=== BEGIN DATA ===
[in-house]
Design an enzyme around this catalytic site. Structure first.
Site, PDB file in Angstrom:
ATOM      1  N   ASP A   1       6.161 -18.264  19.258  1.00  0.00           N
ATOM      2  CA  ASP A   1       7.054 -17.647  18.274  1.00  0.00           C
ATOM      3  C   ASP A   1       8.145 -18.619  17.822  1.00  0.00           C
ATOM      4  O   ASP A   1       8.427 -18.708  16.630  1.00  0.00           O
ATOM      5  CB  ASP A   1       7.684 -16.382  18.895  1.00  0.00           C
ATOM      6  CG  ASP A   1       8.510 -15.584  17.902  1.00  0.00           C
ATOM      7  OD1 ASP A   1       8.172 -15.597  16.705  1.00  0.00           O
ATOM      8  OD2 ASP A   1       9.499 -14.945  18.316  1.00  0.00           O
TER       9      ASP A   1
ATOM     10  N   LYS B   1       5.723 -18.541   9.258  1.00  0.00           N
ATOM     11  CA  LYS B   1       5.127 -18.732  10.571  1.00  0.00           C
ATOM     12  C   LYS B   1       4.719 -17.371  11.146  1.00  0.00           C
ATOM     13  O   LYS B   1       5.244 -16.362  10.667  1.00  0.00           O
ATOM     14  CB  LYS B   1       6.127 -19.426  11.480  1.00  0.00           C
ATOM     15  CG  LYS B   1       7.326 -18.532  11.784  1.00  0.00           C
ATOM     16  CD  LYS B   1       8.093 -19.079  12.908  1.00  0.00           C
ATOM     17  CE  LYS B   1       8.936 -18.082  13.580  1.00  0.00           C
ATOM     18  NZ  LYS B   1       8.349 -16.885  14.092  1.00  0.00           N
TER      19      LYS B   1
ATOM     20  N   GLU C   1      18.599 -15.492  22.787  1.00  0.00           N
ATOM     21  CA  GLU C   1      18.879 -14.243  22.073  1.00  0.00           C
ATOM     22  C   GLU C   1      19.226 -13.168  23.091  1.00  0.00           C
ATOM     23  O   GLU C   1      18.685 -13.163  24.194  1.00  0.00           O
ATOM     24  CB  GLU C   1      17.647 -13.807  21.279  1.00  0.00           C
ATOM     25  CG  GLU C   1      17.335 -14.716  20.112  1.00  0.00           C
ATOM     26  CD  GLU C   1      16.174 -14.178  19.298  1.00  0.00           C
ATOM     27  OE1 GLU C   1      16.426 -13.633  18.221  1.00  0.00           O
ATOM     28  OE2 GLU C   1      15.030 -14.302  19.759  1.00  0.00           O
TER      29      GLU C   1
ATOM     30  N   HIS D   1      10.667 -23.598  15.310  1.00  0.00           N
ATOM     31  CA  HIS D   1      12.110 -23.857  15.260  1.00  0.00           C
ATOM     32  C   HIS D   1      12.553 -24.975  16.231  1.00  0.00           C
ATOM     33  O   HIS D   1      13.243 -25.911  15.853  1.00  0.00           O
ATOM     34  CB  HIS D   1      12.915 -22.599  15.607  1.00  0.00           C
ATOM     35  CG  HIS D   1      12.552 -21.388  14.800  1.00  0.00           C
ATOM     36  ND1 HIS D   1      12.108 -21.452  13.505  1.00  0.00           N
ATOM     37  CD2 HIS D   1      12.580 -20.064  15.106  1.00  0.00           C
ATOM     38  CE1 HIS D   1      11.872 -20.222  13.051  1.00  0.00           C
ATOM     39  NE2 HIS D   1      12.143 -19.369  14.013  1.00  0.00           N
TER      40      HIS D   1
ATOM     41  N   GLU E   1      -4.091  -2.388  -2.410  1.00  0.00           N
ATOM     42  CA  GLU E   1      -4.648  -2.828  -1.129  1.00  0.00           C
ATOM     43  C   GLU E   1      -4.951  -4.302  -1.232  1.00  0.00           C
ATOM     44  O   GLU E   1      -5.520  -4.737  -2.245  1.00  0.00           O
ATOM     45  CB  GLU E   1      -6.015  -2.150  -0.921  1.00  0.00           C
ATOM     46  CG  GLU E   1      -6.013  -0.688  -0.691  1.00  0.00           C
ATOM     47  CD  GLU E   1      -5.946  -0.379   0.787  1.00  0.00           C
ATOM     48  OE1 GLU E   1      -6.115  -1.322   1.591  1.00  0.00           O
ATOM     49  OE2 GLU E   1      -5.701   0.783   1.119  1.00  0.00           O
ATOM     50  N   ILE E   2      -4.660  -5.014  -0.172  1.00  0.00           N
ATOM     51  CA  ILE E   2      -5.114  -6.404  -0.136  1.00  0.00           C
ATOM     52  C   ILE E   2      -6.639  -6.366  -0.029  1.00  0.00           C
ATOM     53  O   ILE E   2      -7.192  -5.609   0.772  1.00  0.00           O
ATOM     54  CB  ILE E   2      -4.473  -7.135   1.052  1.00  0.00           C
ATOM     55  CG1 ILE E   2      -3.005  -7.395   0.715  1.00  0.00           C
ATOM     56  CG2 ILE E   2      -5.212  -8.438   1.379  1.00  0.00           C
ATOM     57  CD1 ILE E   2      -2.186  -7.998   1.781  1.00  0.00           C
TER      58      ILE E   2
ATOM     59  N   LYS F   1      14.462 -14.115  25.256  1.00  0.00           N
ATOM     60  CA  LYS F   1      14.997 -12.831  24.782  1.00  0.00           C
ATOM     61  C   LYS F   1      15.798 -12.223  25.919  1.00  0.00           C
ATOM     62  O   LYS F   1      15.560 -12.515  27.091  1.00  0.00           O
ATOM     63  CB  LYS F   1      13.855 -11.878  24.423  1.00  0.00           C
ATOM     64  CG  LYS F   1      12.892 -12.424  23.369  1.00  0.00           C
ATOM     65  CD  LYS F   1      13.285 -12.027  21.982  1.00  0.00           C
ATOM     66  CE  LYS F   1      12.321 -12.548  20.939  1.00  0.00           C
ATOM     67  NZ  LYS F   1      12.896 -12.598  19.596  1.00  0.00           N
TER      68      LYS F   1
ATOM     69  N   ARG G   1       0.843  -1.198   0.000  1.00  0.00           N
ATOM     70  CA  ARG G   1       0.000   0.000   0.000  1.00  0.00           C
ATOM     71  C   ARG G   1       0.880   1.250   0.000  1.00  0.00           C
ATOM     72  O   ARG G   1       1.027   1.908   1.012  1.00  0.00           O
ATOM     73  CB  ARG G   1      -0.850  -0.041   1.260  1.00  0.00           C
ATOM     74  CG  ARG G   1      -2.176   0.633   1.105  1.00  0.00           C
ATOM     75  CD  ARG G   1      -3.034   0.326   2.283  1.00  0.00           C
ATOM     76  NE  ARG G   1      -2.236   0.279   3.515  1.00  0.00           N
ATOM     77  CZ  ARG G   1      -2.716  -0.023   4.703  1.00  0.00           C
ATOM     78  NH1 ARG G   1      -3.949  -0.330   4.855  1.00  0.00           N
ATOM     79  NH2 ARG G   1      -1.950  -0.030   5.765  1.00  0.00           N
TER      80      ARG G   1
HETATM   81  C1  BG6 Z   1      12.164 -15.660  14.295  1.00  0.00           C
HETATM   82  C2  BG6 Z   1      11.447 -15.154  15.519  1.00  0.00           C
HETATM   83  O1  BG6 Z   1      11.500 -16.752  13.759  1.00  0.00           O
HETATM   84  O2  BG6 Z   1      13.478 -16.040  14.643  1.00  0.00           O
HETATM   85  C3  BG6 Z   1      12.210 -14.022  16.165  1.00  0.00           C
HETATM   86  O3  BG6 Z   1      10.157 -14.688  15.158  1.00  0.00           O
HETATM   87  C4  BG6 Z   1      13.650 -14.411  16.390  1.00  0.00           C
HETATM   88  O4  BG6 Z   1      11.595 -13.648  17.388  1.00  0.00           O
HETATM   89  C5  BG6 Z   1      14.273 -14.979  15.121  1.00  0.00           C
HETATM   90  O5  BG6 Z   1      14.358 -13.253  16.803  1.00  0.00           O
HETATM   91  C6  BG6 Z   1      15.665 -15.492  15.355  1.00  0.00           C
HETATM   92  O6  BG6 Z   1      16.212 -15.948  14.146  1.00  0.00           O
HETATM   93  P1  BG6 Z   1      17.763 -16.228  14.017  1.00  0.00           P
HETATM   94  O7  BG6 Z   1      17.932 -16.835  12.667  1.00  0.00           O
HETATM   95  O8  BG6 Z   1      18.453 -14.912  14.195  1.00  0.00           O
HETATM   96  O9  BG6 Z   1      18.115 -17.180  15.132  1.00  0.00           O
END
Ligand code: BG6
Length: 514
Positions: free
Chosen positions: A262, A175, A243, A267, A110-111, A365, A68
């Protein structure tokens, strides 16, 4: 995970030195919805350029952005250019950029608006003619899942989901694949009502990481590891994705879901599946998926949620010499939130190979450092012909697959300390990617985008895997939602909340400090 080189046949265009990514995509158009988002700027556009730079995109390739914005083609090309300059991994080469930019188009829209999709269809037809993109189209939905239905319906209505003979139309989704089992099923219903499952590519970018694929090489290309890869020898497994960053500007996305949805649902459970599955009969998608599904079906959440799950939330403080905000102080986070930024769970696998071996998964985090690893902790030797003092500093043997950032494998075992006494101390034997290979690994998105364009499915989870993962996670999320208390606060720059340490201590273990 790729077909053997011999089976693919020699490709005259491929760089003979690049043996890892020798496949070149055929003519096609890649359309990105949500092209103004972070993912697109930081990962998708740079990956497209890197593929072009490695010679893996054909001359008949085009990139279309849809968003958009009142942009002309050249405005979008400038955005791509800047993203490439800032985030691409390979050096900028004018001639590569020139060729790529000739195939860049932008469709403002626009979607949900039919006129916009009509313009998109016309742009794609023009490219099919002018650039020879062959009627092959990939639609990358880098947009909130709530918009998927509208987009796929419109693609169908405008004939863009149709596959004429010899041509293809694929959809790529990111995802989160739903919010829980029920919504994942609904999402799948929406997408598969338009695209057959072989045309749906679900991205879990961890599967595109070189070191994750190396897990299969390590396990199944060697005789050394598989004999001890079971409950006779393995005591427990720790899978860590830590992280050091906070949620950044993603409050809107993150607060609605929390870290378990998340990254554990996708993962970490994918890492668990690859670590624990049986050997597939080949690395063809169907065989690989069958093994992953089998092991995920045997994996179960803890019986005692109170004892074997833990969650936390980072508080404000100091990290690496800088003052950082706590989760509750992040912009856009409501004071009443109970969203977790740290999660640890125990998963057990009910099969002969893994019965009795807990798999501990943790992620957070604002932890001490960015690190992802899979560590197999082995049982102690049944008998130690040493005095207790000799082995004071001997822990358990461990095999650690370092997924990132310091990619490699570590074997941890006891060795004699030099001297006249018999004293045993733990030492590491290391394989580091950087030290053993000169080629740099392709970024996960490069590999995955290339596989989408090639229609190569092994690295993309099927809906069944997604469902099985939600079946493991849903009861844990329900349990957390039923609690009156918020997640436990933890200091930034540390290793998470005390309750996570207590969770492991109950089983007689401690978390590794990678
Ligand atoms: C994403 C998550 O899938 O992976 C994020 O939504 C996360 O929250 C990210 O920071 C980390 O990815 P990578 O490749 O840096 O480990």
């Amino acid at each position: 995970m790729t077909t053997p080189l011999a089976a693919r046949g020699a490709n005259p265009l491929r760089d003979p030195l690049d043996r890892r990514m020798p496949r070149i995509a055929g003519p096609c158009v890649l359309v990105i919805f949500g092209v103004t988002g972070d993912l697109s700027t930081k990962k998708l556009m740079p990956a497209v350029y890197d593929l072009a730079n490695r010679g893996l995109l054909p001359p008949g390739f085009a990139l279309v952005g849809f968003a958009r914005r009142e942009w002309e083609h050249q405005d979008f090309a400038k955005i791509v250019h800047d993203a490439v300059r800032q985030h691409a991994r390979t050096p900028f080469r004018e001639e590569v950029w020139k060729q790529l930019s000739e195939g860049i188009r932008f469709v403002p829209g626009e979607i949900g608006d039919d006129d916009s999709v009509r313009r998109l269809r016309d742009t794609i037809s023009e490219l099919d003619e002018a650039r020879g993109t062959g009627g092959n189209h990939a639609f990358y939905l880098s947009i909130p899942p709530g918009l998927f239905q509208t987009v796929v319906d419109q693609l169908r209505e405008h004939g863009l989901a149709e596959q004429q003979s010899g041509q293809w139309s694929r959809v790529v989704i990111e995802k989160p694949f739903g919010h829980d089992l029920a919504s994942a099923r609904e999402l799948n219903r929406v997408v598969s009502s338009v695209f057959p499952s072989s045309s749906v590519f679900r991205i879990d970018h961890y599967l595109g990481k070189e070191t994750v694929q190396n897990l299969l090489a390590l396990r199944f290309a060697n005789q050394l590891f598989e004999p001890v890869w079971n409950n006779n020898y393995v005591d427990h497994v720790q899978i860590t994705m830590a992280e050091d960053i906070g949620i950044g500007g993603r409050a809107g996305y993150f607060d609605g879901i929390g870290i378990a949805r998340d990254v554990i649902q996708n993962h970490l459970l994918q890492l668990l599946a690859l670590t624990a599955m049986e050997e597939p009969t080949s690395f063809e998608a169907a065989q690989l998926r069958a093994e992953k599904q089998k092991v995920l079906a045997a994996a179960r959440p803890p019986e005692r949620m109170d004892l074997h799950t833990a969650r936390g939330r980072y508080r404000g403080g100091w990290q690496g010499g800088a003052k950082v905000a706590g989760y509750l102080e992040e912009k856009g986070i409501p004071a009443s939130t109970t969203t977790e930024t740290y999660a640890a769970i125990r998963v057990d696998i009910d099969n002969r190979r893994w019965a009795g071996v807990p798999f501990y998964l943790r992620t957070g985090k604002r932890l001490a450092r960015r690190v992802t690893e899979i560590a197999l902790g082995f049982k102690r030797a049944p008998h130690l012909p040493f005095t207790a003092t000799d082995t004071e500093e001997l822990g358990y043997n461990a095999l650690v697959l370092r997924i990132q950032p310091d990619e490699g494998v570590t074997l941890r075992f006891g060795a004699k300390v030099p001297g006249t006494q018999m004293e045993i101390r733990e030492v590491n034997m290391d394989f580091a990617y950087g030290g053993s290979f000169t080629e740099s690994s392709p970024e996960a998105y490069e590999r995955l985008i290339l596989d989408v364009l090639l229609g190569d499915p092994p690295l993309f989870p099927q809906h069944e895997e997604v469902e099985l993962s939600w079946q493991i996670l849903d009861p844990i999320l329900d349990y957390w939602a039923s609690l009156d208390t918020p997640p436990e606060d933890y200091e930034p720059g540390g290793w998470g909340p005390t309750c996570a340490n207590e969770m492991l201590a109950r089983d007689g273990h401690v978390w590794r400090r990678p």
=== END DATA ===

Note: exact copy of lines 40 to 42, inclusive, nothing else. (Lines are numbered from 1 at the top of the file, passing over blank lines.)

ATOM     37  CD2 HIS D   1      12.580 -20.064  15.106  1.00  0.00           C
ATOM     38  CE1 HIS D   1      11.872 -20.222  13.051  1.00  0.00           C
ATOM     39  NE2 HIS D   1      12.143 -19.369  14.013  1.00  0.00           N